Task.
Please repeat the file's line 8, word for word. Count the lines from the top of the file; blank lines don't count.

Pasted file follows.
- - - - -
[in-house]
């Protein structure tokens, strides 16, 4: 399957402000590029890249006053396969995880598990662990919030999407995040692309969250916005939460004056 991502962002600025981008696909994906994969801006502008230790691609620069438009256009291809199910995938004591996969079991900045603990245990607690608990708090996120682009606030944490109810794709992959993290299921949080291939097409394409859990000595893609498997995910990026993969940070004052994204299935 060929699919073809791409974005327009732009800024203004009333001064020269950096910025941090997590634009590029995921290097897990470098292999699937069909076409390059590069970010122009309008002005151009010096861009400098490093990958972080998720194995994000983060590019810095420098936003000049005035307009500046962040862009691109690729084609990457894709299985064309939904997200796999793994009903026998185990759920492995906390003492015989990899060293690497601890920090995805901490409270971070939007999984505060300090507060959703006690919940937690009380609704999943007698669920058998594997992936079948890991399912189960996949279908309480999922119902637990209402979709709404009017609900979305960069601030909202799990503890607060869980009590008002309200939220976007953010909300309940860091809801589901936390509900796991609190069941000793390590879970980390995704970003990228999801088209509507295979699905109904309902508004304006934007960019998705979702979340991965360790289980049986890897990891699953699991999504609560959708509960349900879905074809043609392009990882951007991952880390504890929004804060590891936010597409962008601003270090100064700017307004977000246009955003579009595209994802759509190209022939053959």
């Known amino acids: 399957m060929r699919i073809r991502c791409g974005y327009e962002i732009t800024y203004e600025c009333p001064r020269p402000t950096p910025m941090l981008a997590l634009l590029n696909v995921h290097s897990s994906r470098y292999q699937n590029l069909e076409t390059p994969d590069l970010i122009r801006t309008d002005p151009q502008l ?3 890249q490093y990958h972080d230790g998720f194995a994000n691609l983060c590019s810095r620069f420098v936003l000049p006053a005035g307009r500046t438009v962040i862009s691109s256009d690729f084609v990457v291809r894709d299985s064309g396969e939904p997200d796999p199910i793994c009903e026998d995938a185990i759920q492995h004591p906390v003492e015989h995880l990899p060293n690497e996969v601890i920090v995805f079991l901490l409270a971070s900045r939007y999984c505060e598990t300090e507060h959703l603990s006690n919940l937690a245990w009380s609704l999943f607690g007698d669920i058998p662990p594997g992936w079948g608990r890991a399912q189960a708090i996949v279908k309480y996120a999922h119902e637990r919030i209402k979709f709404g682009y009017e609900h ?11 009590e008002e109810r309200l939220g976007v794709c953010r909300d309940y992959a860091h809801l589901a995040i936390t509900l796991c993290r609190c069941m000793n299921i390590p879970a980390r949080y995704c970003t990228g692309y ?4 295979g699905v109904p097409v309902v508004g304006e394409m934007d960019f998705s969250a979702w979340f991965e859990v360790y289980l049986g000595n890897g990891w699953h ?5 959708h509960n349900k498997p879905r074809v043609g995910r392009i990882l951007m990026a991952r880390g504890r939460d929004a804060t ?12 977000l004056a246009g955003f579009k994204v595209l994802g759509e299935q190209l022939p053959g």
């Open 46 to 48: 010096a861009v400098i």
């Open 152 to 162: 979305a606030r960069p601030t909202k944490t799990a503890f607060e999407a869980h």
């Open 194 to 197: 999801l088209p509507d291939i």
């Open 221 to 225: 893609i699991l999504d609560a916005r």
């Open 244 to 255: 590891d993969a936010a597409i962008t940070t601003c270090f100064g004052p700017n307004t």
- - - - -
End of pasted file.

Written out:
């Open 244 to 255: 590891d993969a936010a597409i962008t940070t601003c270090f100064g004052p700017n307004t």